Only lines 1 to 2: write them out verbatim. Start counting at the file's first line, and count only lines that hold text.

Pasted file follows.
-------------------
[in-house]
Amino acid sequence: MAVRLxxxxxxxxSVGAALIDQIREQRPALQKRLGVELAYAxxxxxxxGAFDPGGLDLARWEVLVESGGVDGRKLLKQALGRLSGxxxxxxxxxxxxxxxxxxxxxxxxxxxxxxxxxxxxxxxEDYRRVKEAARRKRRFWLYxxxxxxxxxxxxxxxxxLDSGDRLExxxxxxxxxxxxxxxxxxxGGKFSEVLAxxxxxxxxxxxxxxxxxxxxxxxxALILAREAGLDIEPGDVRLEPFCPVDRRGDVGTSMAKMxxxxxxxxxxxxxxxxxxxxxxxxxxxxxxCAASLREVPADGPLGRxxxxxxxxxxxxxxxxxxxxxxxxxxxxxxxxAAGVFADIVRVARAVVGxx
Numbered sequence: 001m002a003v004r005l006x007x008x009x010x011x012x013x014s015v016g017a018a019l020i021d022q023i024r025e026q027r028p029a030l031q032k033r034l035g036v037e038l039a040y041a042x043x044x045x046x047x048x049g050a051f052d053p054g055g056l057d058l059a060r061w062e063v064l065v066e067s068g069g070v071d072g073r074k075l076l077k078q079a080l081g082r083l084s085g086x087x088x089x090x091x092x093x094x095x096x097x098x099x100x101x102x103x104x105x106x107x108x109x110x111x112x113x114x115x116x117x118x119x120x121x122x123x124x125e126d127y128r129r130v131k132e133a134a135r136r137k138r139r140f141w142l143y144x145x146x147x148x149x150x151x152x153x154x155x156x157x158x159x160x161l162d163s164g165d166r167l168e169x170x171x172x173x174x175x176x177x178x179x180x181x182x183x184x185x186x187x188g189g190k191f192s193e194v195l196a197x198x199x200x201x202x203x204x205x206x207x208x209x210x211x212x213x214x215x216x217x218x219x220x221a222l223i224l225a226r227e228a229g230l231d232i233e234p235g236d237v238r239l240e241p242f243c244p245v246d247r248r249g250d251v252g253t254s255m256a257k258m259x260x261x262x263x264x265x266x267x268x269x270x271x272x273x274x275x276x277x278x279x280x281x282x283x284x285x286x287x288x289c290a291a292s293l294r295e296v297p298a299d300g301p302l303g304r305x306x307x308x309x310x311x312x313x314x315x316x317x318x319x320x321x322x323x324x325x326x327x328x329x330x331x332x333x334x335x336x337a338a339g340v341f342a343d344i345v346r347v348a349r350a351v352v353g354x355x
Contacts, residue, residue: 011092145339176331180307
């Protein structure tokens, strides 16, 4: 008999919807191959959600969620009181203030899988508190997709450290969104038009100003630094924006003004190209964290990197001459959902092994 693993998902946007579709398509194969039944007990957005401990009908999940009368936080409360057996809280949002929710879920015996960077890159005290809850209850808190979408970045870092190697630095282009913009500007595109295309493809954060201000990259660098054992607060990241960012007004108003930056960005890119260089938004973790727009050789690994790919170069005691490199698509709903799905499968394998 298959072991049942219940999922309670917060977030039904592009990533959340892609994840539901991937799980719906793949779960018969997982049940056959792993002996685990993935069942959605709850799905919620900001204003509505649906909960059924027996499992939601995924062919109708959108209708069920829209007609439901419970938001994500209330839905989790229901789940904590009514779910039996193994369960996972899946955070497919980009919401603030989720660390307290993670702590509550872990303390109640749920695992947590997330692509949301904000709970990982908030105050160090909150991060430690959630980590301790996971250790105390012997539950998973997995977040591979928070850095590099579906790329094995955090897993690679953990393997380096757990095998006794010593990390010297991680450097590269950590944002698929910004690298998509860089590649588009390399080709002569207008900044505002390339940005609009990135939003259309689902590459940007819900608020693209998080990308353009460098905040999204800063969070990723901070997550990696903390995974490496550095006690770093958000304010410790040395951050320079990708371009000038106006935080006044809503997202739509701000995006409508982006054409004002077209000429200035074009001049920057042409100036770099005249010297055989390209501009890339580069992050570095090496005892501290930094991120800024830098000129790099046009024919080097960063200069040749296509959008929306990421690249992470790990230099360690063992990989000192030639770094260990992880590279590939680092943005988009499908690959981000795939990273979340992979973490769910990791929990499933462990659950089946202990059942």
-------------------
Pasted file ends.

[in-house]
Amino acid sequence: MAVRLxxxxxxxxSVGAALIDQIREQRPALQKRLGVELAYAxxxxxxxGAFDPGGLDLARWEVLVESGGVDGRKLLKQALGRLSGxxxxxxxxxxxxxxxxxxxxxxxxxxxxxxxxxxxxxxxEDYRRVKEAARRKRRFWLYxxxxxxxxxxxxxxxxxLDSGDRLExxxxxxxxxxxxxxxxxxxGGKFSEVLAxxxxxxxxxxxxxxxxxxxxxxxxALILAREAGLDIEPGDVRLEPFCPVDRRGDVGTSMAKMxxxxxxxxxxxxxxxxxxxxxxxxxxxxxxCAASLREVPADGPLGRxxxxxxxxxxxxxxxxxxxxxxxxxxxxxxxxAAGVFADIVRVARAVVGxx